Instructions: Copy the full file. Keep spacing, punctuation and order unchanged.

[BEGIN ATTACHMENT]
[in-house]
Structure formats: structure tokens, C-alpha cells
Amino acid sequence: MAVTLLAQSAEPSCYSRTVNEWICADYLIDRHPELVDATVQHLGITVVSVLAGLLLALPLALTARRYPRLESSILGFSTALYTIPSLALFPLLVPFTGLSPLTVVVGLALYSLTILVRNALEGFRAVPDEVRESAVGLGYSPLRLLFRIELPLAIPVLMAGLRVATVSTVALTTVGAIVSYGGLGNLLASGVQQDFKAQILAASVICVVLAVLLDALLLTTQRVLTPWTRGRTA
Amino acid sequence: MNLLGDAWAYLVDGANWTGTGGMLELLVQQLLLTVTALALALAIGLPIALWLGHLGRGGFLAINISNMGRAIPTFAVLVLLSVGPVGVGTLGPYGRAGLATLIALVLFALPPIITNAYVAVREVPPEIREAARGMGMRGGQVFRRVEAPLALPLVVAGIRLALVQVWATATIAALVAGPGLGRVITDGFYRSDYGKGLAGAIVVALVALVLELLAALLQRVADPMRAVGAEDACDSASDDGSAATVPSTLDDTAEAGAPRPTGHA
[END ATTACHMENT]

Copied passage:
[in-house]
Structure formats: structure tokens, C-alpha cells
Amino acid sequence: MAVTLLAQSAEPSCYSRTVNEWICADYLIDRHPELVDATVQHLGITVVSVLAGLLLALPLALTARRYPRLESSILGFSTALYTIPSLALFPLLVPFTGLSPLTVVVGLALYSLTILVRNALEGFRAVPDEVRESAVGLGYSPLRLLFRIELPLAIPVLMAGLRVATVSTVALTTVGAIVSYGGLGNLLASGVQQDFKAQILAASVICVVLAVLLDALLLTTQRVLTPWTRGRTA
Amino acid sequence: MNLLGDAWAYLVDGANWTGTGGMLELLVQQLLLTVTALALALAIGLPIALWLGHLGRGGFLAINISNMGRAIPTFAVLVLLSVGPVGVGTLGPYGRAGLATLIALVLFALPPIITNAYVAVREVPPEIREAARGMGMRGGQVFRRVEAPLALPLVVAGIRLALVQVWATATIAALVAGPGLGRVITDGFYRSDYGKGLAGAIVVALVALVLELLAALLQRVADPMRAVGAEDACDSASDDGSAATVPSTLDDTAEAGAPRPTGHA